See

  • Iowa Code § 124.406 

Hash & Concentrates

Iowa classifies Marijuana and Tetrahydrocannabinols separately as hallucinogenic substances in Schedule 1 of the Iowa Controlled Substances Schedule. For the purposes of criminal justice, plant Marijuana and all Tetrahydrocannabinol derivatives thereof, including hashish and marijuana concentrates, are defined as Marijuana and punished equally in all but one circumstance. The only circumstance where plant-form Marijuana is treated differently is for a charge of delivery or possession with intent to deliver one half ounce or less without remuneration. In that circumstance, plant-form marijuana is punished equivalent to the penalties for simple possession, whereas delivery, or possession with intent to deliver an equivalent amount of hashish, hash oil, or other derivatives are punished in accordance with the regular penalties for distribution.

See

  • Iowa Code § 124.101 
  • Iowa Code § 124.204
  • Iowa Code § 124.401 
  • Iowa Code § 124.410 

Paraphernalia

Possession, distribution, or manufacture of marijuana paraphernalia is simple misdemeanor and is punishable by a fine of up to $1,000 and/or up to 6 months imprisonment. Paraphernalia includes any item that is knowingly used to ingest, inhale, manufacture, enhance, or test marijuana quality.

See

  • Iowa Code § 124.414

Miscellaneous

Sponsoring, promoting, or assisting in the sponsorship or promotion of a gathering with the knowledge that marijuana will be used, distributed, or possessed at that event is a serious misdemeanor punishable by a fine of $315-$1875 and/or up to 1 year of imprisonment.

See

  • Iowa Code § 124.407

Possession with intent to sell large amounts of pot (100-1000kg) can lead to an automatic driver’s license suspension.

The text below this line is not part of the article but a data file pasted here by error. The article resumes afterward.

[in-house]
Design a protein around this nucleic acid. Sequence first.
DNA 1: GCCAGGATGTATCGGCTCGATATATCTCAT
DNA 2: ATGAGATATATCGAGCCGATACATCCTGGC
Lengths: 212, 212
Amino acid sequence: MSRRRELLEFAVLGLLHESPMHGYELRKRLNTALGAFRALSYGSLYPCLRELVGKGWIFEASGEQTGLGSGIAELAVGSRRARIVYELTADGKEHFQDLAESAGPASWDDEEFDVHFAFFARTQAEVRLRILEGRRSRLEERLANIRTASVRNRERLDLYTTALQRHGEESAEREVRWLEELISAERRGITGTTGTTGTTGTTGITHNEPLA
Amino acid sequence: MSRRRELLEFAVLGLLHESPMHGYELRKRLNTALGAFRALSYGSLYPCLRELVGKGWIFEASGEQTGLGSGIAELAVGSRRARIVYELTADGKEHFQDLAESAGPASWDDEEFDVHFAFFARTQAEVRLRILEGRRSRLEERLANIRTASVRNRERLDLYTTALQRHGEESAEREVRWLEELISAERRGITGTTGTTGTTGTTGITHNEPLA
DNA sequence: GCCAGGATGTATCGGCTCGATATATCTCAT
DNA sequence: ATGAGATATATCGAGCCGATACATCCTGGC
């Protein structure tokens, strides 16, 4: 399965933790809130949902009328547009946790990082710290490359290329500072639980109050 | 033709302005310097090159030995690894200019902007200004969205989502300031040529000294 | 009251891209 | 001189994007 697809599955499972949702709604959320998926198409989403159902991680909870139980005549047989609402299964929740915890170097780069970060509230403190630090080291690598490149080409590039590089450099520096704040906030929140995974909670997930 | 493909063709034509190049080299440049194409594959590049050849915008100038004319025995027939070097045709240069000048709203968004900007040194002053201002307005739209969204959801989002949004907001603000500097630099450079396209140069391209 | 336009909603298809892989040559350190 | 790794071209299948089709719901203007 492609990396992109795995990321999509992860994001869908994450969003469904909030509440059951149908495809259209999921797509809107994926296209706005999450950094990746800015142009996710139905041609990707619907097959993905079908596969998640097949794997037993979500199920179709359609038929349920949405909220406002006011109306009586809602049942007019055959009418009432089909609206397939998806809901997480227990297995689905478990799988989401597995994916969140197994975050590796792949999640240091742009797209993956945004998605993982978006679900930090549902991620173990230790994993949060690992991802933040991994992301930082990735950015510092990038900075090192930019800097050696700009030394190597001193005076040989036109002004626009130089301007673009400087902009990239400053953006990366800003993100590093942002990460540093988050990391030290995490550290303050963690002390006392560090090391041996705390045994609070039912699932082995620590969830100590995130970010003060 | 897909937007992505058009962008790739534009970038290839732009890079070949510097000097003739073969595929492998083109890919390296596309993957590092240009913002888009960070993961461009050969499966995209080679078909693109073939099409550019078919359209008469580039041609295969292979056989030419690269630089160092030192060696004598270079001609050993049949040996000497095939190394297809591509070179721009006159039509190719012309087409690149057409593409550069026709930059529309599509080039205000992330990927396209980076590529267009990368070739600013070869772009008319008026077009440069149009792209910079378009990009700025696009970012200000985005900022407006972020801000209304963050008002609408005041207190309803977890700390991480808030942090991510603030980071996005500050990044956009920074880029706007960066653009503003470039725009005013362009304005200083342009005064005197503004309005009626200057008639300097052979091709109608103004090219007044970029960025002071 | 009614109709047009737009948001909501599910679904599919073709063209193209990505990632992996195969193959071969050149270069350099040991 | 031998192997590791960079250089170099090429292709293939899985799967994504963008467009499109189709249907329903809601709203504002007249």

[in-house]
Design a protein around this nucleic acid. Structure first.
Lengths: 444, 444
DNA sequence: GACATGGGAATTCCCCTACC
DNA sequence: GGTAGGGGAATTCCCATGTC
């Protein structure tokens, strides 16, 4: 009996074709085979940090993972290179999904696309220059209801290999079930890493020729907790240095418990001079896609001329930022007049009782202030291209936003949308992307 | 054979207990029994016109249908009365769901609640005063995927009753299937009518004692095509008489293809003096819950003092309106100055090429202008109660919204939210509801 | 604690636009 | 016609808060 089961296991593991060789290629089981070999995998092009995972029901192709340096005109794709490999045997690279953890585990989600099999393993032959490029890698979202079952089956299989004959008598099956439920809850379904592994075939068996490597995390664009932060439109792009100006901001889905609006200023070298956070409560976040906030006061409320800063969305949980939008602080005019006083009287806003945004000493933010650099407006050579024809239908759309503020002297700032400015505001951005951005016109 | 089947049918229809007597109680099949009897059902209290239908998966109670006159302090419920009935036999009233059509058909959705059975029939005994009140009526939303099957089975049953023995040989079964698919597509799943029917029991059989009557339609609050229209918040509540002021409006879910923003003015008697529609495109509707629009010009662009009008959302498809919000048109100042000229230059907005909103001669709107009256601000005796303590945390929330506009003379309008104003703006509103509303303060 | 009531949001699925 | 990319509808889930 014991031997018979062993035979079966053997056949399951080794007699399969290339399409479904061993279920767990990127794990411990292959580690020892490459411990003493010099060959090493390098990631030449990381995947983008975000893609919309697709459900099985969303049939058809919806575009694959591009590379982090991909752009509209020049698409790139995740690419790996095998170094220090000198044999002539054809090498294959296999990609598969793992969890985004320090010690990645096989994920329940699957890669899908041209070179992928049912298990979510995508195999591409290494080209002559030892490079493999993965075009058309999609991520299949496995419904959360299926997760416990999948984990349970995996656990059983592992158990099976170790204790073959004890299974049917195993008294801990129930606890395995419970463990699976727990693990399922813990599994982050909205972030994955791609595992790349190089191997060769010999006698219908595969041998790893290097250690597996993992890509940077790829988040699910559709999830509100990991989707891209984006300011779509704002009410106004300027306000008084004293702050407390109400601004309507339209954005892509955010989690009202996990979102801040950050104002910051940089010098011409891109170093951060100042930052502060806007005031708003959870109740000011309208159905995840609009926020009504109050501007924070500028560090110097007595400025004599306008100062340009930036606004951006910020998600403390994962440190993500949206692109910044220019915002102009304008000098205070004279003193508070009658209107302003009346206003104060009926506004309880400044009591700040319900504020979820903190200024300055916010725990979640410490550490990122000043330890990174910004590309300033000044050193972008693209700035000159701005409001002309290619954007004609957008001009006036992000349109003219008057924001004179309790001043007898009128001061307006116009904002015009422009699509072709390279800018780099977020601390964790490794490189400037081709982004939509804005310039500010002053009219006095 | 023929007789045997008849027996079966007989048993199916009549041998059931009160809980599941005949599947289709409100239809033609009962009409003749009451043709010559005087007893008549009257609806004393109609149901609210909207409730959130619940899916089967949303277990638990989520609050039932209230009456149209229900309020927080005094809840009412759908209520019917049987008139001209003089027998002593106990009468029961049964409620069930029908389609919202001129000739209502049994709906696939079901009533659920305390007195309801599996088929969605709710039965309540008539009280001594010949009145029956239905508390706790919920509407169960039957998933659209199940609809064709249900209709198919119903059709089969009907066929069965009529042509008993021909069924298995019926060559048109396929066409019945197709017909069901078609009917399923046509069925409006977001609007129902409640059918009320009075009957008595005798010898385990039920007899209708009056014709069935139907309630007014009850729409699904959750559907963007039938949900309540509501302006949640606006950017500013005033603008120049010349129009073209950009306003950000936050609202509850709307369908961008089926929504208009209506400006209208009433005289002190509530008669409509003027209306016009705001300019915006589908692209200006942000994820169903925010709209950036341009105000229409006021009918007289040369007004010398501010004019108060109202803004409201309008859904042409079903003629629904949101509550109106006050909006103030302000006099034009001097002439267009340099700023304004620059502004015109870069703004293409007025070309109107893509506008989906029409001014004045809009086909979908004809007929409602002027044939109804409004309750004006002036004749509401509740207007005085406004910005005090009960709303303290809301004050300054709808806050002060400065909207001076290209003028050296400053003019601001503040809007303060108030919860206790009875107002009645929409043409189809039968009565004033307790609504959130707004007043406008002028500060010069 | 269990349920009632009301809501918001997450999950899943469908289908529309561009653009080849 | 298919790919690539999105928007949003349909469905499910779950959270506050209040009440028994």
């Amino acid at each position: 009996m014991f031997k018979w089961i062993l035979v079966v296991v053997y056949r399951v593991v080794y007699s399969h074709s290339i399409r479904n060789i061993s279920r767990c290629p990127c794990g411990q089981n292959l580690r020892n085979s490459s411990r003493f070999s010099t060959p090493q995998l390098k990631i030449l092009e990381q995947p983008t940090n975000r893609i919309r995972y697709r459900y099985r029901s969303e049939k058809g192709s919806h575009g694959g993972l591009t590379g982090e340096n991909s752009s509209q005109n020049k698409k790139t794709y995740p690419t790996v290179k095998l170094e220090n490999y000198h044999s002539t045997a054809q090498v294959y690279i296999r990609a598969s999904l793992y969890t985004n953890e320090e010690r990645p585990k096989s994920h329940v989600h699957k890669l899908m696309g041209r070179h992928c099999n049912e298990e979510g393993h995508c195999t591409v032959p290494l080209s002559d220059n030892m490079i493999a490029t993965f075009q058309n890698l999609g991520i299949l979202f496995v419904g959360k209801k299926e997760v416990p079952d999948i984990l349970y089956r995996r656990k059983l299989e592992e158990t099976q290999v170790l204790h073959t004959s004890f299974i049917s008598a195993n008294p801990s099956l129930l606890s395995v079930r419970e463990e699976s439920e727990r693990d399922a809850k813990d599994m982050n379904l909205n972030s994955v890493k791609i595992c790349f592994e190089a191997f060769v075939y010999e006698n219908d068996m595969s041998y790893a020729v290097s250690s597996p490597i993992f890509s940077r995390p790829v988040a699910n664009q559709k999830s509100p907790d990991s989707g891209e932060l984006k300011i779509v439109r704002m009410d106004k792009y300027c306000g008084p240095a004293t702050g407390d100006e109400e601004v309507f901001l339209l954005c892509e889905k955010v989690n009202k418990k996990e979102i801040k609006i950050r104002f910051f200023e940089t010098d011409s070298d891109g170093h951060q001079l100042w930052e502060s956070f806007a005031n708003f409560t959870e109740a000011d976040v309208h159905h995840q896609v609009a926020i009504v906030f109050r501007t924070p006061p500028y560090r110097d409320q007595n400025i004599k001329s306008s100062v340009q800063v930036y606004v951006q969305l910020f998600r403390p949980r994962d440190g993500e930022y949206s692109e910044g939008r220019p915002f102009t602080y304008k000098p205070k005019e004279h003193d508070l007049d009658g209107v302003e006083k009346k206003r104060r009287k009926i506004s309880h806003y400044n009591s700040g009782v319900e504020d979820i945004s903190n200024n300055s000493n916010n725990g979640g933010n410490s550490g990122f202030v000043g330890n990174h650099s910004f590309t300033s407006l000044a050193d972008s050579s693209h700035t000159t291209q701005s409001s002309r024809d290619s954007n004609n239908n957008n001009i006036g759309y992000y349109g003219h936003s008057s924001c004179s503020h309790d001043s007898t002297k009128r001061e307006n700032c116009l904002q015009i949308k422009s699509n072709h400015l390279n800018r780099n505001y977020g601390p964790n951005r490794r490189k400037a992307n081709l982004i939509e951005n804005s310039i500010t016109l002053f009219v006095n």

See

  • Iowa Code § 124.401(1)(6) 
CONDITIONAL RELEASE

The state allows conditional release or alternative or diversion sentencing for people facing their first prosecutions. Usually, conditional release lets a person opt for probation rather than trial. After successfully completing probation, the individual’s criminal record does not reflect the charge.

DRUGGED DRIVING

This state has a per se drugged driving law enacted. In their strictest form, these laws forbid drivers from operating a motor vehicle if they have a detectable level of an illicit drug or drug metabolite (i.e., compounds produced from chemical changes of a drug in the body, but not necessarily psychoactive themselves) present in their bodily fluids above a specific, state-imposed threshold. Further 

MANDATORY MINIMUM SENTENCE

When someone is convicted of an offense punishable by a mandatory minimum sentence, the judge must sentence the defendant to the mandatory minimum sentence or to a higher sentence. The judge has no power to sentence the defendant to less time than the mandatory minimum. A prisoner serving an MMS for a federal offense and for most state offenses will not be eligible for parole. Even peaceful marijuana smokers sentenced to “life MMS” must serve a life sentence with no chance of parole.

MEDICAL CBD

This state has passed a medical CBD law allowing for the use of cannabis extracts that are high in CBD and low in THC in instances where a physician has recommended such treatment to a patient with a state-qualifying condition.

TAX STAMPS

This state has a marijuana tax stamp law enacted. This law mandates that those who possess marijuana are legally required to purchase and affix state-issued stamps onto his or her contraband. Failure to do so may result in a fine and/or criminal sanction. For more information, see NORML’s report Marijuana Tax Stamp Laws And Penalties.

Iowa Drugged Driving

In Iowa, a person is guilty of a DUI if he or she operates a motor vehicle while under the influence of an alcoholic beverage or other drug or a combination of such substances, or while detectable amounts of a controlled substance is present in the person, as measured in the person’s blood or urine. Iowa Code Ann. § 321J.2 (1)(a),(c)(West 2010) (effective December 1, 2010). However, the statute further states: “The department of public safety shall adopt nationally accepted standards for determining detectable levels of controlled substances in the division of criminal investigation’s initial laboratory screening test for controlled substances.” Presently, such standards only exist for the carboxy THC metabolite urine, not for THC in blood. As a result, in practice, the law typically only criminalizes drivers who possess levels of carboxy THC metabolites in urine above 50 ng/ml.